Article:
Driving holidays: Car crash claims abroad could ‘spike’ in weeks as trips expected to rise

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Driving holidays in foreign countries could surge as motorists look for safe and convenient ways to secure a trip outside the UK this year. However, experts at car insurance experts Admiral have urged road users “to be prepared” by taking key documents and learning local rules. 

They warn that different driving laws can “cause stress for the unprepared” which could increase the risk of suffering a car crash. 

Admiral has urged road users to ensure they are prepared “in case the worst happens” and drivers suffer an accident abroad. 

Lorna Connelly, Head of Claims at Admiral, said drivers should learn the basics “before getting behind the wheel in a foreign country”. 

She said: “Different driving laws, unfamiliar road layouts and signs in foreign languages can cause stress for the unprepared, increasing the risk of having a road accident. 

READ MORE: Driving holiday demand has ‘definitely increased’ 

Over the past two years, almost a quarter of all claims for crashes abroad happened in August. 

A total of 23 percent of claims took place in this month compared to just 15 percent in July.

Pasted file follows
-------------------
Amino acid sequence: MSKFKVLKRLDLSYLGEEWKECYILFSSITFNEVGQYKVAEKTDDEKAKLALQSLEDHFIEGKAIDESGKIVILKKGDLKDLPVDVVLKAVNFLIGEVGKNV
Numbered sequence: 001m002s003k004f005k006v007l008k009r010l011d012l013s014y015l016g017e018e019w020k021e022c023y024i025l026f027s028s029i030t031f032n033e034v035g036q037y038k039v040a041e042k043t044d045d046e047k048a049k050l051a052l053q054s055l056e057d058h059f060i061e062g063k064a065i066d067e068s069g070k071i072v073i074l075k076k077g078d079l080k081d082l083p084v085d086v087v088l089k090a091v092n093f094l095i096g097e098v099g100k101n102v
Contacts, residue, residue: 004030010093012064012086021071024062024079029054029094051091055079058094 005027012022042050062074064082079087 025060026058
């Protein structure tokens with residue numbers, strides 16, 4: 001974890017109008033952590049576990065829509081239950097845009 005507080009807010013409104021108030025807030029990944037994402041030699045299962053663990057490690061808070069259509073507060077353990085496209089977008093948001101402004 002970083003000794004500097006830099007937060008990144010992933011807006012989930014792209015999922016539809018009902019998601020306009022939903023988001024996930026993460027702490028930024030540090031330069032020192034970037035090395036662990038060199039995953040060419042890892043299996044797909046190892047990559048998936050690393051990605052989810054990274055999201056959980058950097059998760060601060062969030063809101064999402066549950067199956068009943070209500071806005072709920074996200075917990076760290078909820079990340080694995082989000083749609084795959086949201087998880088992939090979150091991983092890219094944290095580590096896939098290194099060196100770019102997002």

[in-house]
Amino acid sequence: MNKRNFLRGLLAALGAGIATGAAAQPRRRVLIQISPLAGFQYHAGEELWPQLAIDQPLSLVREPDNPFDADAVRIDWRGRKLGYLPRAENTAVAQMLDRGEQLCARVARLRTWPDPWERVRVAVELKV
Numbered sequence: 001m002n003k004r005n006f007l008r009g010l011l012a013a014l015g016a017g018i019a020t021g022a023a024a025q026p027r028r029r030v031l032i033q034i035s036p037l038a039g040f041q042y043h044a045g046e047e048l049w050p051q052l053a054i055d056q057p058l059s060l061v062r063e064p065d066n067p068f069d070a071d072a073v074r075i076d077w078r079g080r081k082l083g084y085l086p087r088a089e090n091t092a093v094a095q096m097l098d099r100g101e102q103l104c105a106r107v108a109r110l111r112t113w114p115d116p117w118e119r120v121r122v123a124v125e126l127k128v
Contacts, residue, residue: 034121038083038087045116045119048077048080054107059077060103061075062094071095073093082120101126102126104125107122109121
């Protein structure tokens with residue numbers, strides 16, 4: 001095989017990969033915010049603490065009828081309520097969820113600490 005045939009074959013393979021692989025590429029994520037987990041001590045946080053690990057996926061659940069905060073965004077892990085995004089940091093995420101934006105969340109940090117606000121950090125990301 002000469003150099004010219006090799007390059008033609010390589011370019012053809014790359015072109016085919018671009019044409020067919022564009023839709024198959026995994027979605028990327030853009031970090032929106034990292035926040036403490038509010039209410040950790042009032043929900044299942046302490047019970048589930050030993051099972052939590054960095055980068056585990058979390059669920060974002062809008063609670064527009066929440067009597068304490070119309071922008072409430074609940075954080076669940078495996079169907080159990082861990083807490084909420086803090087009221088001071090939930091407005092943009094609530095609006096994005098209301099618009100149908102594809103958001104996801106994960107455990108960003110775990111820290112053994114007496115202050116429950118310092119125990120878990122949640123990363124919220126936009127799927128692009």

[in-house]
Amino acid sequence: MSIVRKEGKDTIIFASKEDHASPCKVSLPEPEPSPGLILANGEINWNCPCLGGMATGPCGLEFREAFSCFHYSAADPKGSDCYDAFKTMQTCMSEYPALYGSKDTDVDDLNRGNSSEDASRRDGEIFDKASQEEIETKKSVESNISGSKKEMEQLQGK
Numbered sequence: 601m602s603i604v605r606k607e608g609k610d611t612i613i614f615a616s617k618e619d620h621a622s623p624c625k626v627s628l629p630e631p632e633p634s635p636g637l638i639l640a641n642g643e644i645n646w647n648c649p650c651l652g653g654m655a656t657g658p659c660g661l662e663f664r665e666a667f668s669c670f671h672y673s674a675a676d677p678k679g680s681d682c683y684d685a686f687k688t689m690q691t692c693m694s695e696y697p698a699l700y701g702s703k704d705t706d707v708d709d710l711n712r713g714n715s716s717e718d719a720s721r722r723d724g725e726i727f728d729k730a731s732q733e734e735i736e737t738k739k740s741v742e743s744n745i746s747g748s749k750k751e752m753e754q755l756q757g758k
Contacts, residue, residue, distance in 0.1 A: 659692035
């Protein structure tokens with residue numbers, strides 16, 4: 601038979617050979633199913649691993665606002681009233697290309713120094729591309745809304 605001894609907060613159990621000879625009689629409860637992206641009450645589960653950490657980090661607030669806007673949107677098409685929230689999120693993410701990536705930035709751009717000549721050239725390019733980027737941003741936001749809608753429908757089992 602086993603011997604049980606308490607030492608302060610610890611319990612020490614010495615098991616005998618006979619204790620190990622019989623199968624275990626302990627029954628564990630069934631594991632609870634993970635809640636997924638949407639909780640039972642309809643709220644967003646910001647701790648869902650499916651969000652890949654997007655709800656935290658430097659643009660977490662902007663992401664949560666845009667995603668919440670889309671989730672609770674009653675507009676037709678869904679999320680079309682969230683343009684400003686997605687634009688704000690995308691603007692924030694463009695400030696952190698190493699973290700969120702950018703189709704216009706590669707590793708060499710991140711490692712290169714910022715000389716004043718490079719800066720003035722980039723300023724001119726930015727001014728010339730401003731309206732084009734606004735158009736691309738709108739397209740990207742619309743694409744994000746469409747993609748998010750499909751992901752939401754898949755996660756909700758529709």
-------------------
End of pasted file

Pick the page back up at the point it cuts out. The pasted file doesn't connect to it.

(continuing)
In shocking news for those hoping to travel abroad, Ms Connelly has warned there could be a “spike in UK drivers being involved in accidents”. 

She said: “[The higher claims are] likely because more people go on holidays in the summer months. 

Breakdown policy documents and travel insurance forms should also be packed in case of an emergency. 

First aid kits, red warning triangles and reflective jackets are legal requirements in some countries so must also be packed. 

Drivers may also need emission stickers and permits to drive in some European cities which may need to be purchased weeks before a trip.

Headlight converter stickers and GB bumper stickers are also required if travelling outside of the UK. 

However, GOV.UK has warned that the rules for driving, passport, European Health Insurance cards, pet travel and more could change from 1 January 2021 when the Brexit transition period comes to an end. 



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